The hiletgos returned with the transmitter running on 8V & the receiver running on 5V. This yielded acceptable range in a test. It also worked with the motors running. The receiver forwarded all the desk commands along with the weather station data on USB. The big differences are the receiver not running on the desk power & the receiver not changing any voltages in the long desk wires.
The mane problem was extreme interference with the audio amplifier.
The next step was connecting the ESP8266 to the desk. A quick flick of the multimeter showed the desk UART sourcing 5mA to 0V & the desk buttons sourcing 0.6mA to 0V so it would be a straight connection.
The last ESP8266 project was an access point in 2018 which merely forwarded the UART to WIFI. It only has 1 UART. For a software UART, the ESP8266 has only 1 spare hardware timer, timer1. timer1_attachInterrupt, timer1_enable, timer1_write access the hardware timer directly.
To get a system time for delays, there's the millis() function, os_timer_arm, os_timer_setfn. These share timer0.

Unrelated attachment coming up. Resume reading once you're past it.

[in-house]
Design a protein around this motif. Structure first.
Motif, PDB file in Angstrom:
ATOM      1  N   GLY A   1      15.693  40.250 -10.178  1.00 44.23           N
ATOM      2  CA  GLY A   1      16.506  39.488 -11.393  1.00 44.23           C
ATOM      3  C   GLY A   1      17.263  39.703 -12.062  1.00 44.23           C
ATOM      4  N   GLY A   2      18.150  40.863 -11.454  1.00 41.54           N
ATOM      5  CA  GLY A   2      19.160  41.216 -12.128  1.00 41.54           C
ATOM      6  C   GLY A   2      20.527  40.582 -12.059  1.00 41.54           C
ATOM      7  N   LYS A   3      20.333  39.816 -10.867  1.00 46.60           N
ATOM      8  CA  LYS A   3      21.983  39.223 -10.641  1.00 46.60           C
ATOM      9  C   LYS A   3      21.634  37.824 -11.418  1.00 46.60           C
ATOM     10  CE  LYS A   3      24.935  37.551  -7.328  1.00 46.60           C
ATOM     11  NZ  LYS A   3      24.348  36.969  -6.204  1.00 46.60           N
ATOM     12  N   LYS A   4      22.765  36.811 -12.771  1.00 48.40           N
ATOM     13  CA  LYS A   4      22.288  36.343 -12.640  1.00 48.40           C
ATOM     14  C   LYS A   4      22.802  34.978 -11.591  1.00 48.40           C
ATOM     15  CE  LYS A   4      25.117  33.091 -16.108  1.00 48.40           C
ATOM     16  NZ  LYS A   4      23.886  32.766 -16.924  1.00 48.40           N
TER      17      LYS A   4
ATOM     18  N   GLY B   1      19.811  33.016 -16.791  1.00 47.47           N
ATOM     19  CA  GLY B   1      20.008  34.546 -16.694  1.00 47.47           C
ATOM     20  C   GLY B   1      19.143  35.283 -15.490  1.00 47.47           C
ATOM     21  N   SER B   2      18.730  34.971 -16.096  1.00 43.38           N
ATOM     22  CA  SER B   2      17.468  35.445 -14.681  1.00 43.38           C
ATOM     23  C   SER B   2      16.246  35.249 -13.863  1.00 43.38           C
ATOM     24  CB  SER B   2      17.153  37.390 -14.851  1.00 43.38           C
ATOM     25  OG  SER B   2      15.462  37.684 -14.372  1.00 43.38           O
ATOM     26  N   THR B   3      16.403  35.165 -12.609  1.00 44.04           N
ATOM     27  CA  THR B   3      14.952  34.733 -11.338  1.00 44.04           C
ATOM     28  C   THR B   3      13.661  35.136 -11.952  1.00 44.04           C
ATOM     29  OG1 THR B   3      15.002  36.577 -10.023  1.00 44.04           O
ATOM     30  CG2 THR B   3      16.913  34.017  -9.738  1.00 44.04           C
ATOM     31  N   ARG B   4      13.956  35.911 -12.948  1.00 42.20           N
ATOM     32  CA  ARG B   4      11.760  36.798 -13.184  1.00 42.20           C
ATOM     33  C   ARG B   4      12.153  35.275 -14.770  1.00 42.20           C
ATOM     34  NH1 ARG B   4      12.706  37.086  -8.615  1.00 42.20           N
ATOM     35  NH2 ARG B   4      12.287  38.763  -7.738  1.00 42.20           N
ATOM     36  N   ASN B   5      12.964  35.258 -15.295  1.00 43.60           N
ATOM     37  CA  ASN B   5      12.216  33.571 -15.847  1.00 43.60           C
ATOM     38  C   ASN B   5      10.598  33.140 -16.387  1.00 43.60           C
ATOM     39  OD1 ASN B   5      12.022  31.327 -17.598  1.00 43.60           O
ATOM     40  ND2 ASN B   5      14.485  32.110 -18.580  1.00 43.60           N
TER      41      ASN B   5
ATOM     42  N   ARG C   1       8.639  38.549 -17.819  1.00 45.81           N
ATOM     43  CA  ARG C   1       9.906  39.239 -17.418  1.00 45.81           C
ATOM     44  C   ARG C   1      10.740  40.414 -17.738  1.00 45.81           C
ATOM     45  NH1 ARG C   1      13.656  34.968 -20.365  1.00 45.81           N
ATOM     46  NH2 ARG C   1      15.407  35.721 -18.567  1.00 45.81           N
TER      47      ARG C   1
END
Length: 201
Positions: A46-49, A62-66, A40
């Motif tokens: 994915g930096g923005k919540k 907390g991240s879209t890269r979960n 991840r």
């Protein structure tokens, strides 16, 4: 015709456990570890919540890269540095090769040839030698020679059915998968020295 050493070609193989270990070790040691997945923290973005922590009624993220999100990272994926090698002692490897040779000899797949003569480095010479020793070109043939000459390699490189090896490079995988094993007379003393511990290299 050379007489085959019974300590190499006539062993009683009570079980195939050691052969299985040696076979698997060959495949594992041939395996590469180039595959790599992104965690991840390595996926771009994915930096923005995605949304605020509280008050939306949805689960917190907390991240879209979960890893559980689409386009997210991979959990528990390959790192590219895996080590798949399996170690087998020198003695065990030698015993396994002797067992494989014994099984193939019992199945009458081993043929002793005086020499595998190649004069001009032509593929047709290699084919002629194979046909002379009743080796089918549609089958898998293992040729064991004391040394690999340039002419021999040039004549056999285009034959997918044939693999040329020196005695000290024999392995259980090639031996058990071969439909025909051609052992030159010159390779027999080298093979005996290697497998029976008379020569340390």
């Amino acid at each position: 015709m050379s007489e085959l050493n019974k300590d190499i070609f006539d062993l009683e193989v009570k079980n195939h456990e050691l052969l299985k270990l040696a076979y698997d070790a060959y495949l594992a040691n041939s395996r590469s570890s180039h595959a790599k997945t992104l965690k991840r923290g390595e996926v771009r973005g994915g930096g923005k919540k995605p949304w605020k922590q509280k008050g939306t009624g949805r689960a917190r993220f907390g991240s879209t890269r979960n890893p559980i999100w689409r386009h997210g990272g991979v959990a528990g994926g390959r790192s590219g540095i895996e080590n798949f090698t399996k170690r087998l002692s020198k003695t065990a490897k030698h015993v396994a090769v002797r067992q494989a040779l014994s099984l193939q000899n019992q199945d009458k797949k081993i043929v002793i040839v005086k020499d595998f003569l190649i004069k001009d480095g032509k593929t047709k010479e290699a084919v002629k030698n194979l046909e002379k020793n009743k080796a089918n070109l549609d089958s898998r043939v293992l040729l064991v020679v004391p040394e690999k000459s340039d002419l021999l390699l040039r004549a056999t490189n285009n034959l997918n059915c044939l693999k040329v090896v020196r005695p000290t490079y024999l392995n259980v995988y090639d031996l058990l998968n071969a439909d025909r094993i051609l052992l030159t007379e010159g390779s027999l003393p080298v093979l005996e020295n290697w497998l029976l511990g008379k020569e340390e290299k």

An ESP8266 went straight into the desk connections with no buffers. Verified the desks accept 3.3V as high.
There was a complete mockup of a new transmitter with buttons. Then the wheels fell off. The radio signal integrity wasn't good enough to differentiate multiple codes. The previous test only exercised 1 code.
The transmitter got a 1/4 wavelength & the receiver got a full wavelength antenna. The bitrate was 2kb. These were the most optimum conditions. There was no obvious benefit from 8V. Higher bitrates were worse.
At least the ESP8266 demonstrated the rest of the communication path was working. It received the button codes over Wifi UDP at 10Hz.
Another bag of CC1101's seems to be the only next step. They have a role in many other projects.